iPhone For Dummies
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From the moment your iPhone is activated, you can use the Phone app to make, receive, and manage calls, and to listen to voicemail messages — all without ever needing to adjust (or even know about) any of your iPhone’s many phone-related settings options.

By touring iPhone’s phone-related settings options, you can maximize your awareness of every call-related feature, and potentially minimize the risk of incurring unexpected charges on your monthly phone bill by acquainting yourself with certain options that can cost you an arm and a leg if you happen to turn them on without realizing the implications.

You find various Phone settings in the Settings app. For details on the General settings, which gives you options for usage tracking and accessibility, and the Notifications settings, which let you choose how you’ll be notified of missed calls.


Open the Settings app and tap Sounds to choose your vibration, ringtone, and volume options. Choose when you want your phone to vibrate, if at all, by tapping Vibrate on Ring and Vibrate on Silent to the On or Off position.

Tap Change with Buttons On so you can adjust the ringer volume with your iPhone’s volume buttons. Tap Ringtone to choose the sound you want to hear for incoming calls. On the Ringtone screen, you can also select or create a vibration pattern. Remember to choose a sound for your New Voicemail, too.

Open the Settings app and tap Phone to adjust the following information:

  • My Number: Displays your personal phone number. Although it’s set automatically, you can tap the disclosure triangle and change it.

  • Contact Photos in Favorites: When on, the photo you assigned to a person in Contacts appears next to the name in the Favorites list.

  • Wi-Fi Calls (currently only T-Mobile): When enabled, you can make phone calls using a Wi-Fi connection instead of your carrier service or roaming. Tap this item and then, on the next screen, tap the toggle switch to the On position. You may have to contact your carrier to enable Wi-Fi calling.

  • Respond with Text: Change the default replies for calls you decline with this option.

  • Call Forwarding, Call Waiting, Show My Caller ID (GSM models): Turns those features on or off.

  • Blocked: Shows a list of people whose attempts to call or send you a message are blocked. Add other names to the list by tapping this item and then tapping Add New. Contacts opens and you can choose who you want to block.

  • Change Voicemail Password: To change your numeric voicemail password.

  • Dial Assist: To have iPhone automatically add proper prefix number when calling the United States from abroad.

  • SIM PIN (GSM models): To turn on, choose, and change the secret code you can use to lock your iPhone’s SIM card; when activated, you must type in the PIN code whenever you turn iPhone off then on again.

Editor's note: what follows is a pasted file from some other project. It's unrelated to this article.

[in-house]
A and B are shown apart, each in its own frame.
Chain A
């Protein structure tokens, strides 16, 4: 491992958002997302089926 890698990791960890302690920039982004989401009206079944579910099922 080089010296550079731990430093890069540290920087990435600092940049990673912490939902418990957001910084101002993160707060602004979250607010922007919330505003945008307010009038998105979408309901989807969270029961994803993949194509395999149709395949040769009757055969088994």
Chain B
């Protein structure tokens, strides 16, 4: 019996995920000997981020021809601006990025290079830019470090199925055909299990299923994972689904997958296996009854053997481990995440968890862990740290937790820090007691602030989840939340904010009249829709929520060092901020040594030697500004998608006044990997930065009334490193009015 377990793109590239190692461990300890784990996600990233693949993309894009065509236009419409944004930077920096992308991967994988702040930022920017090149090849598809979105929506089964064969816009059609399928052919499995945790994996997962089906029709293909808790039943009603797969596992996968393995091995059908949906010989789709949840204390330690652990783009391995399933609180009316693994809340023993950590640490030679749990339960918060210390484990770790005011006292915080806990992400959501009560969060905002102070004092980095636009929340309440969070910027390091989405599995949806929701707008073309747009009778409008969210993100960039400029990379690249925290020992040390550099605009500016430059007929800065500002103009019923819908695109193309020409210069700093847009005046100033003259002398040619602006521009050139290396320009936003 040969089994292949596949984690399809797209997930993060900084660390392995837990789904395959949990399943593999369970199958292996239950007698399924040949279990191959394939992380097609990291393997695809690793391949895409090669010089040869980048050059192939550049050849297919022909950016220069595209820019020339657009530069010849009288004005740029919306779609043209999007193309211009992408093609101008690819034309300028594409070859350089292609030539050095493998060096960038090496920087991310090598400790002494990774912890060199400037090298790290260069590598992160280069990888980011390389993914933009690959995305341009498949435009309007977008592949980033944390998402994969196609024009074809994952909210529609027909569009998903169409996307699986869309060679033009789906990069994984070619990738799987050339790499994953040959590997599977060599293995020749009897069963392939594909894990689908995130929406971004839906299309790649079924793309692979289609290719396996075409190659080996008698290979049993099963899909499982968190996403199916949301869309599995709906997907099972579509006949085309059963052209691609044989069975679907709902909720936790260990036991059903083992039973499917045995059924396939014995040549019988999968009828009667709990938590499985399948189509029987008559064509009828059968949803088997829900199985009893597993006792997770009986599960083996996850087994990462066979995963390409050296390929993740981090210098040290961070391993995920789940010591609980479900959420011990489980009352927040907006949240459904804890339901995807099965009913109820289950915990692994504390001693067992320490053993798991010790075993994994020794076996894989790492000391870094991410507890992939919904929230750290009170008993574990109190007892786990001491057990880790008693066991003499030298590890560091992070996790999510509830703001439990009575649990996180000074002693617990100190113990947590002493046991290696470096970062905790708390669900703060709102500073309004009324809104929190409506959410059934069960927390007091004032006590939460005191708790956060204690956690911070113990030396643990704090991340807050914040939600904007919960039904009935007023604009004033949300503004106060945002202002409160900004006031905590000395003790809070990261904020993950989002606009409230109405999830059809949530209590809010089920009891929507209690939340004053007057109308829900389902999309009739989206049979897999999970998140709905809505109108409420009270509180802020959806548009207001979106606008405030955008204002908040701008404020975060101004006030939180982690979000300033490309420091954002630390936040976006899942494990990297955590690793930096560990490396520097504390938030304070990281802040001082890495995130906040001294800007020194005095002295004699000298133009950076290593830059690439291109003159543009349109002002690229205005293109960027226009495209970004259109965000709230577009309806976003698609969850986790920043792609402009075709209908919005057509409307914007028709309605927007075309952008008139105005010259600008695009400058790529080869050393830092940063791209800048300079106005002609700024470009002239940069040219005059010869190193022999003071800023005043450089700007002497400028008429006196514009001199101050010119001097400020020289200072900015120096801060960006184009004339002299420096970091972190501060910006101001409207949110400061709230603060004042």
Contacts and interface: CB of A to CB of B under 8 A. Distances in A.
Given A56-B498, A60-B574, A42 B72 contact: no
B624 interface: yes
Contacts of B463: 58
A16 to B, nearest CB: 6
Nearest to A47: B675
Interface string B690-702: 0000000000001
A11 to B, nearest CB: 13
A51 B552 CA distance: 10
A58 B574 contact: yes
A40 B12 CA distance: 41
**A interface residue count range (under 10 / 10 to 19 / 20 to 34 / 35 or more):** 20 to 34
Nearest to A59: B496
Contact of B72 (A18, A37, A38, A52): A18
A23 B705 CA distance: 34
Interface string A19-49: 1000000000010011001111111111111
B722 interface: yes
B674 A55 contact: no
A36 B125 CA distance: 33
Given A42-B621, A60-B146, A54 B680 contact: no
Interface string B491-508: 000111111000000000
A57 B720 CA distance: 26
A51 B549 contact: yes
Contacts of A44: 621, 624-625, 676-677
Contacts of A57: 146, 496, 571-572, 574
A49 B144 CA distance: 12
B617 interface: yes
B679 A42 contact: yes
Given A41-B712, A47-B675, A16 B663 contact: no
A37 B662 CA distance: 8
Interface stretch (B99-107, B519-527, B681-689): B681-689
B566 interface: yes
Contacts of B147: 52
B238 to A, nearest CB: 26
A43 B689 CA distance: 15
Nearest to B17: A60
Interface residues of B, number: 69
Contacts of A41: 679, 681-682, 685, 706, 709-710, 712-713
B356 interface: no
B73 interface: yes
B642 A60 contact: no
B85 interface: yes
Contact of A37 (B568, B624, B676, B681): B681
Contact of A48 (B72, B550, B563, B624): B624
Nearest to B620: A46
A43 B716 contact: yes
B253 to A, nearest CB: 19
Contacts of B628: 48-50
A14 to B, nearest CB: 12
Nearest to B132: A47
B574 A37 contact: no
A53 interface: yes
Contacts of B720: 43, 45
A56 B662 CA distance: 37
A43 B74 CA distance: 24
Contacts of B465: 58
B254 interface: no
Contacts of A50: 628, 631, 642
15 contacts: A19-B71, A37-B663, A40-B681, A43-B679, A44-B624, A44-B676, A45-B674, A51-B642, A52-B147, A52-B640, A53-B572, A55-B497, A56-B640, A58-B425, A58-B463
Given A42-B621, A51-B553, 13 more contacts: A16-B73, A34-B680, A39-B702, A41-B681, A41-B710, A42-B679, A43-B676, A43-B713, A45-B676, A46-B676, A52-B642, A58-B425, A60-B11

After three failed attempts to unlock the SIM code, you may need to type in a Personal Unlocking Key (PUK) code in order to unlock your iPhone; if so, contact your cellular carrier’s customer service to find out your iPhone’s PUK code.

  • Carrier Services (depends on iPhone model and carrier): One-touch speed-dial access for dialing up various phone account–related information like your current bill balance, data and minutes usage, and directory assistance.

Call Forwarding, Call Waiting, and Caller ID Blocking

Some phone-related settings you may want to take advantage of include call forwarding, call waiting, and caller ID blocking. To turn those features on or off for GSM-model iPhones (like the ones that work with AT&T or the unlocked model you can buy at the Apple Store), open the Settings app, tap Phone, and then tap the setting you want to turn on or off.


You have to have cellular service when you turn Call Forwarding on, which means activate Call Forwarding before you go off into the wilderness with your iPhone. If you turn on Call Forwarding, a prompt appears so you can type in the phone number you want your calls forwarded to.

The call forwarding icon appears in the Status Bar when you turn on the Call Forwarding feature on GSM-model iPhones.

Don’t forget to turn Call Forwarding off when you no longer want your calls sent to another number; otherwise, you’ll be wondering why your iPhone doesn’t ring anymore.

Caller ID blocking only works for phone calls; your ID still appears when you make a FaceTime call.

To turn these functions on or off for CMDA-model iPhones like the ones that work with Verizon, use the Phone app’s keypad to type in the appropriate special code below for the particular feature you want to manage:

  • Call Forwarding on: Type *72 followed by the phone number you want your calls forwarded to, and then tap Call.

  • Call Forwarding off: Type *73, and then tap Call.

  • Call Waiting off for a call you are about to make: Type *70, and then type the number you want to call and tap Call.

  • Block Caller ID for a call you’re about to make: Type *67, and then dial the number you want to call and tap Call.

On CMDA-model iPhones, you can only turn off call waiting and caller ID blocking on a per-call basis, but you can’t turn either feature off for all calls the way you can with GSM-model iPhones.

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